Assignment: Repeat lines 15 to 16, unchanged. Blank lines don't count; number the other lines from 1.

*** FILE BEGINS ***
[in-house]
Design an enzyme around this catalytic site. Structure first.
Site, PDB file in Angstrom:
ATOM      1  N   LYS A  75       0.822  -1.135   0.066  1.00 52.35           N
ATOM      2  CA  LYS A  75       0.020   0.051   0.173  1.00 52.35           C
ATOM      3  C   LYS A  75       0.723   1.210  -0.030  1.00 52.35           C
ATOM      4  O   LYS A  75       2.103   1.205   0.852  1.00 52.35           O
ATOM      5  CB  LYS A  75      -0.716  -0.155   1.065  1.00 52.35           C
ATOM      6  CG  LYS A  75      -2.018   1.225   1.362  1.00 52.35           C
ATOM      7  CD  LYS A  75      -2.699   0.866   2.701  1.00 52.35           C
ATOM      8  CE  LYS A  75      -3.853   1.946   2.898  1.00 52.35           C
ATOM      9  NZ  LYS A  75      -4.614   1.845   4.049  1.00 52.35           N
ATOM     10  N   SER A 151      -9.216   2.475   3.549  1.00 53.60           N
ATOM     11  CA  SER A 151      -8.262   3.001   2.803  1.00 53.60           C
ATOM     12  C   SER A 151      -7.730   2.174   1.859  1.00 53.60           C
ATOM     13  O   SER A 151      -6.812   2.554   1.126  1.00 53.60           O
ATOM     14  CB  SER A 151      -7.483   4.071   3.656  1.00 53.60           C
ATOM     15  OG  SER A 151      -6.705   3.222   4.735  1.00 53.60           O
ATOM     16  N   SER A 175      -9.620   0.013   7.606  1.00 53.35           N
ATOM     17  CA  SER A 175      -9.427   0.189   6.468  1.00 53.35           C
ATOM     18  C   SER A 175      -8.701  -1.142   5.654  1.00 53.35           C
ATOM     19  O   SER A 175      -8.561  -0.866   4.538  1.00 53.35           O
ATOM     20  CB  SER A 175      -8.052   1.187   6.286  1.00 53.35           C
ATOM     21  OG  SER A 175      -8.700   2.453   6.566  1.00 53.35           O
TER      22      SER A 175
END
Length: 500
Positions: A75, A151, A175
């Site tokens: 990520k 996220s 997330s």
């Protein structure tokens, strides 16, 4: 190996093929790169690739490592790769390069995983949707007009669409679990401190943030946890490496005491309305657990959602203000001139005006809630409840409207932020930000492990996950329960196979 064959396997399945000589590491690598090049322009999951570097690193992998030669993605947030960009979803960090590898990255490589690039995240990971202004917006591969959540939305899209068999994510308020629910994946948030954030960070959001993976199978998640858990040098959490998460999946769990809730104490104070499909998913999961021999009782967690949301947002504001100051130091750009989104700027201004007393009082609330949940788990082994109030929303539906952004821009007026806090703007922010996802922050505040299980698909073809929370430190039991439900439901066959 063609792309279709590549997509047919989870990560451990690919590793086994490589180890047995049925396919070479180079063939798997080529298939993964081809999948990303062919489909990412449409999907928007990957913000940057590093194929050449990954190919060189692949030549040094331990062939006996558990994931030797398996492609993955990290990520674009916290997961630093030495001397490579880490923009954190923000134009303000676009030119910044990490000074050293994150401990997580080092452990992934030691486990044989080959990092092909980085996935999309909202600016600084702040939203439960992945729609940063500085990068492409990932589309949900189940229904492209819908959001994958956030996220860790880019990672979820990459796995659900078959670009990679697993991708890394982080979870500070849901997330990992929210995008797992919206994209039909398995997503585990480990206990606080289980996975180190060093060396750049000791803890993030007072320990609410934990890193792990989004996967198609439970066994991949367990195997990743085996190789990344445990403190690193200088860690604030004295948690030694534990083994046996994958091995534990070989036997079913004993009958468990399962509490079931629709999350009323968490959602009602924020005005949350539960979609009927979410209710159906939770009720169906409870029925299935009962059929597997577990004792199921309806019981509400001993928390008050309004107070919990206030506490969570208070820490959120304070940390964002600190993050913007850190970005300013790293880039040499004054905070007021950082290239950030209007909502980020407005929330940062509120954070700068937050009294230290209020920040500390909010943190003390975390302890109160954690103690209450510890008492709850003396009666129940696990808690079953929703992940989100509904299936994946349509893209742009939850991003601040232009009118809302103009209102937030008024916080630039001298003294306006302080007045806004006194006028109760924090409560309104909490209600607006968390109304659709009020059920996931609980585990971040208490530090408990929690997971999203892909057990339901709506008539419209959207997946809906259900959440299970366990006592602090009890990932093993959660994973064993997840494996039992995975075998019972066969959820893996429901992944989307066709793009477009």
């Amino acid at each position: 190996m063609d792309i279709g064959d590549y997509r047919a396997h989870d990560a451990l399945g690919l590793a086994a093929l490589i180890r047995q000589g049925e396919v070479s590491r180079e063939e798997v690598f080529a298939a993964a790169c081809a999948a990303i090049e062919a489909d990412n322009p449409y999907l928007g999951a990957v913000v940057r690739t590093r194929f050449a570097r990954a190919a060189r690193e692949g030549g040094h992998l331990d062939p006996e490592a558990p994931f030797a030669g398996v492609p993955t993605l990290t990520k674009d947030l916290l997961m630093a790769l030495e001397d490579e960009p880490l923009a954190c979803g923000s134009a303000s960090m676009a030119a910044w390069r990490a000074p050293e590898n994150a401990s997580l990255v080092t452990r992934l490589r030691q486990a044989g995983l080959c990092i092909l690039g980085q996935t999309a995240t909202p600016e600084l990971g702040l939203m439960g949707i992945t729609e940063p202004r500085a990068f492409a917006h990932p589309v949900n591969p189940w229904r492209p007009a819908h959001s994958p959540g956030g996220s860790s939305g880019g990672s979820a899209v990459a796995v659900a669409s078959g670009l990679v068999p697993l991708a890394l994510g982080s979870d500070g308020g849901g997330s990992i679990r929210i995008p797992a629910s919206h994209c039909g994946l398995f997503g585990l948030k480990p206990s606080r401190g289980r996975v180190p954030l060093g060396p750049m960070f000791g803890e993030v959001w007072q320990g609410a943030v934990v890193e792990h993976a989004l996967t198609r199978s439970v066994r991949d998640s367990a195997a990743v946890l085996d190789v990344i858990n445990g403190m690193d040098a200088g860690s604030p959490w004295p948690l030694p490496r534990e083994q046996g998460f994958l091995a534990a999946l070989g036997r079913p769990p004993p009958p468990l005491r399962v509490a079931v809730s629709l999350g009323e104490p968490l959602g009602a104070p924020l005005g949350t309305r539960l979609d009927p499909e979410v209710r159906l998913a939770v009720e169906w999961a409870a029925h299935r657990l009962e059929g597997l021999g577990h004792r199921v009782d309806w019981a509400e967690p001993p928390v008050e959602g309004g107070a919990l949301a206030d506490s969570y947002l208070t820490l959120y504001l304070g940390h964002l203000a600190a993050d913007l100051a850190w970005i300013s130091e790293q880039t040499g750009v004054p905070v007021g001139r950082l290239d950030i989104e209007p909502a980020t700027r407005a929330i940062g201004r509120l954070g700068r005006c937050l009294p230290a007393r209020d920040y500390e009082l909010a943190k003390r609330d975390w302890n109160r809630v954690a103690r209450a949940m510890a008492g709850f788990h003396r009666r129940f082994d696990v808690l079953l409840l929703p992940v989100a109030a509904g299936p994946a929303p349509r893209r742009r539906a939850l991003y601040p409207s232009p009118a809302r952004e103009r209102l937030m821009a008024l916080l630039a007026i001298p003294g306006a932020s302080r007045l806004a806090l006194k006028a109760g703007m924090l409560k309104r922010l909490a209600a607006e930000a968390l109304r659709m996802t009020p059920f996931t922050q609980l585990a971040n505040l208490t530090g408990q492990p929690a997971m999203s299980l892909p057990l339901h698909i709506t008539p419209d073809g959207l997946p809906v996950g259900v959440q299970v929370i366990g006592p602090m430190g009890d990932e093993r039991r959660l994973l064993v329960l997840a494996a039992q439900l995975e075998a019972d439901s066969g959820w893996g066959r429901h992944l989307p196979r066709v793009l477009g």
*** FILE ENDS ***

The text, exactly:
ATOM     12  C   SER A 151      -7.730   2.174   1.859  1.00 53.60           C
ATOM     13  O   SER A 151      -6.812   2.554   1.126  1.00 53.60           O